Los Angeles National Cemetery to Host Annual Memorial Day Ceremony
Ted Lieu to speak
May 28, 2018
VA Undersecretary of Memorial Affairs to give Keynote Address
Join us in remembering and honoring the sacrifice of our nation's heroes at the Los Angeles National Cemetery's Annual Memorial Day Ceremony.
This event culminates a weekend of tributes honoring our fallen Veterans, including a flag placement ceremony, a flower placement ceremony, and a Roll Call of Honor. In addition to ceremony remarks by federal, state and local officials, more than 30 Consulates are participating in the first "Wreaths of Peace, Honor, and Rememberance" in partnership with the Los Angeles Consular Corps, to honor all those that have served.
Monday, May 28th @ 10:00 a.m.
U.S. Department of Veterans Affairs Under Secretary for Memorial Affairs, Randy Reeves, will provide remarks. Mr. Reeves will be joined By U.S. Congressman Ted Lieu, and Secretary of California Veterans Affairs, Dr. Vito Imbasciani, as well as local vocalists and musicians.
950 South Sepulveda, Los Angeles, CA 9004
Memorial Day is a United States federal holiday observed on the last Monday of May. Formerly known as Decoration Day, it commemorates U.S. Service Members who died while on active duty. First enacted to honor Union and Confederate soldiers following the American Civil War, it was extended after World War I to honor Americans who have died in all wars.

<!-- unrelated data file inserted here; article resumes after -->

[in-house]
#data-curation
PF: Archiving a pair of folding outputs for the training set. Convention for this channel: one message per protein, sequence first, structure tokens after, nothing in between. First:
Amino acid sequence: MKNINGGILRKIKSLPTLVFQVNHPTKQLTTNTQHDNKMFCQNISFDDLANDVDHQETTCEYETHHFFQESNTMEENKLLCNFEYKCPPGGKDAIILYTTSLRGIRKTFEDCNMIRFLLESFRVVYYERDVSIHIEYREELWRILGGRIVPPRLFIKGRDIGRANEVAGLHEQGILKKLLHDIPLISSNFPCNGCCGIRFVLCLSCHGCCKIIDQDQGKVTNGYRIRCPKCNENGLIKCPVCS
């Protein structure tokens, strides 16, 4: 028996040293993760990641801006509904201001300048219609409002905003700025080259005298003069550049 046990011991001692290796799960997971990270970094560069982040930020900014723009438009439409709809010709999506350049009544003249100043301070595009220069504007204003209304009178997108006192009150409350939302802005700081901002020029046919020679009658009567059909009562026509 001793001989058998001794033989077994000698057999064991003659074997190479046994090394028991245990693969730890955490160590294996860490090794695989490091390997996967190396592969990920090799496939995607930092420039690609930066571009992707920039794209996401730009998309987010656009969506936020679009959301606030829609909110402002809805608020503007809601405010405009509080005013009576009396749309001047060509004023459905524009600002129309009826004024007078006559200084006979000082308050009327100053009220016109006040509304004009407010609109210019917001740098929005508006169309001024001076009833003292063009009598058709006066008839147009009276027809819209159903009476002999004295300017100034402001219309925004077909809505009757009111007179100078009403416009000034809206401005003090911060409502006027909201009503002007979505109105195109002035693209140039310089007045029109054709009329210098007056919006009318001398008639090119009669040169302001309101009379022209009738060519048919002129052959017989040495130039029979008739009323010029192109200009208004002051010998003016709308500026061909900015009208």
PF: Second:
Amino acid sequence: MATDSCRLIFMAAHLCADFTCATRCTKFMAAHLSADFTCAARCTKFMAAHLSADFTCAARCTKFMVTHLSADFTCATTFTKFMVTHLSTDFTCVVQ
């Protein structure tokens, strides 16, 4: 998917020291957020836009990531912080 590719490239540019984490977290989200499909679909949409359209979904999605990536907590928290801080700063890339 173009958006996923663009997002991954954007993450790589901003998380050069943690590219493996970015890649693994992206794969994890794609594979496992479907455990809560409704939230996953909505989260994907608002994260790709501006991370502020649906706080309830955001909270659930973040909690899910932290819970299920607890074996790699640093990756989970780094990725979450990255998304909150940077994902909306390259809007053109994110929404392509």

The Los Angeles National Cemetery, located across from what is now the VA Greater Los Angeles Health Care System, has grown to more than 114 acres since its late 19th century origins. The first interment dates to a few days prior to the May 22, 1889 dedication of the cemetery. In 1973, the cemetery was transferred from the then-Veterans Administration Medical Center to what was then the National Cemetery System.
The Los Angeles National Cemetery opened as one of 11 facilities operated by the Veterans Administration, on lands shared with national veterans' homes or asylums for disabled soldiers. The Pacific Branch of the National Homes for Disabled Volunteer Soldiers was established in 1887 on Santa Monica ranch lands donated by Senator John P. Jones and Arcadia B. de Baker. The following year, the site grew by an additional 200 acres; in 1890, 20 more acres were appended for use as a veterans' cemetery. By this time, with more than 1,000 veterans in residence, a new hospital was erected in 1900. It was replaced in 1927 by Wadsworth Hospital, and a second facility, Brentwood Hospital, was also constructed in the 1920s.
A granite obelisk erected in Memory of the Men Who Offered Their Lives in Defense of Their Country is situated in the San Juan Hill area of the cemetery. A monument to Civil War Soldiers was erected in 1942. A bronze soldier standing at parade rest is perched atop a boulder The United Spanish War Veterans monument, also known as the Spirit of '98, is a bright white marble composition of three figures completed in 1950 by sculptor Roger Noble Burnham. The memorial crumbled after a 1971 earthquake. In 1973, sculptor David Wilkens re-created the monument out of concrete and plaster, reinforcing it with rebar. The plaque from the original sculpture survived and was imbedded on the new sculpture.
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